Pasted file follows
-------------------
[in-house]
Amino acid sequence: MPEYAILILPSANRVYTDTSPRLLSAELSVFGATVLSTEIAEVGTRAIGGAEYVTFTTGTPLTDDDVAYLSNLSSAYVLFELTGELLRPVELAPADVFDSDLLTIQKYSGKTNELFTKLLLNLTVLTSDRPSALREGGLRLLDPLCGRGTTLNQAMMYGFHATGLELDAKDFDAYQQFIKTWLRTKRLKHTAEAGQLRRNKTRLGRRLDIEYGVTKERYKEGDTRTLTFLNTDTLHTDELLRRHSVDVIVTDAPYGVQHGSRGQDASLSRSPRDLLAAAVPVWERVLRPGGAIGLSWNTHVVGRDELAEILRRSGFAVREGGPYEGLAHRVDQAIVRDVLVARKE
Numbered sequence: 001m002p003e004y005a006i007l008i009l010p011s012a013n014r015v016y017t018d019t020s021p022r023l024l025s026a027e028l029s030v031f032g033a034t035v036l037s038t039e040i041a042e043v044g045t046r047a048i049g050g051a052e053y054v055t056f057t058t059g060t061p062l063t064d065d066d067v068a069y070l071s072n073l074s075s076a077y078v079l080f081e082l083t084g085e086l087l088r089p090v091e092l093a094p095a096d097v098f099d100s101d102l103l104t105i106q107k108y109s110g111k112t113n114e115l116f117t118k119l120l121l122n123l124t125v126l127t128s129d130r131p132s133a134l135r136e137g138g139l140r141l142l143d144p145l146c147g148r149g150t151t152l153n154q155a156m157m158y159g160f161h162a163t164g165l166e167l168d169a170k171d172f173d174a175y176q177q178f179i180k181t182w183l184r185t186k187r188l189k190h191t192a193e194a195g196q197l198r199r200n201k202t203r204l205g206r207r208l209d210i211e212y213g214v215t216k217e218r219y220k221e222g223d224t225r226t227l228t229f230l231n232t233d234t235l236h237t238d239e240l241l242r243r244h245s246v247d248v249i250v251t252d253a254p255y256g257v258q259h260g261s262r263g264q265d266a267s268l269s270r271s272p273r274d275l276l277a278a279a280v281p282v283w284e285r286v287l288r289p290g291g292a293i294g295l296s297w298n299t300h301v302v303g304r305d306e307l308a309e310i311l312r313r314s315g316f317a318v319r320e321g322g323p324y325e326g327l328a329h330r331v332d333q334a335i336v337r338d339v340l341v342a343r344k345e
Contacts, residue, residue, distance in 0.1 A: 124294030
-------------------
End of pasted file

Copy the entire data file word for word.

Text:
[in-house]
Amino acid sequence: MPEYAILILPSANRVYTDTSPRLLSAELSVFGATVLSTEIAEVGTRAIGGAEYVTFTTGTPLTDDDVAYLSNLSSAYVLFELTGELLRPVELAPADVFDSDLLTIQKYSGKTNELFTKLLLNLTVLTSDRPSALREGGLRLLDPLCGRGTTLNQAMMYGFHATGLELDAKDFDAYQQFIKTWLRTKRLKHTAEAGQLRRNKTRLGRRLDIEYGVTKERYKEGDTRTLTFLNTDTLHTDELLRRHSVDVIVTDAPYGVQHGSRGQDASLSRSPRDLLAAAVPVWERVLRPGGAIGLSWNTHVVGRDELAEILRRSGFAVREGGPYEGLAHRVDQAIVRDVLVARKE
Numbered sequence: 001m002p003e004y005a006i007l008i009l010p011s012a013n014r015v016y017t018d019t020s021p022r023l024l025s026a027e028l029s030v031f032g033a034t035v036l037s038t039e040i041a042e043v044g045t046r047a048i049g050g051a052e053y054v055t056f057t058t059g060t061p062l063t064d065d066d067v068a069y070l071s072n073l074s075s076a077y078v079l080f081e082l083t084g085e086l087l088r089p090v091e092l093a094p095a096d097v098f099d100s101d102l103l104t105i106q107k108y109s110g111k112t113n114e115l116f117t118k119l120l121l122n123l124t125v126l127t128s129d130r131p132s133a134l135r136e137g138g139l140r141l142l143d144p145l146c147g148r149g150t151t152l153n154q155a156m157m158y159g160f161h162a163t164g165l166e167l168d169a170k171d172f173d174a175y176q177q178f179i180k181t182w183l184r185t186k187r188l189k190h191t192a193e194a195g196q197l198r199r200n201k202t203r204l205g206r207r208l209d210i211e212y213g214v215t216k217e218r219y220k221e222g223d224t225r226t227l228t229f230l231n232t233d234t235l236h237t238d239e240l241l242r243r244h245s246v247d248v249i250v251t252d253a254p255y256g257v258q259h260g261s262r263g264q265d266a267s268l269s270r271s272p273r274d275l276l277a278a279a280v281p282v283w284e285r286v287l288r289p290g291g292a293i294g295l296s297w298n299t300h301v302v303g304r305d306e307l308a309e310i311l312r313r314s315g316f317a318v319r320e321g322g323p324y325e326g327l328a329h330r331v332d333q334a335i336v337r338d339v340l341v342a343r344k345e
Contacts, residue, residue, distance in 0.1 A: 124294030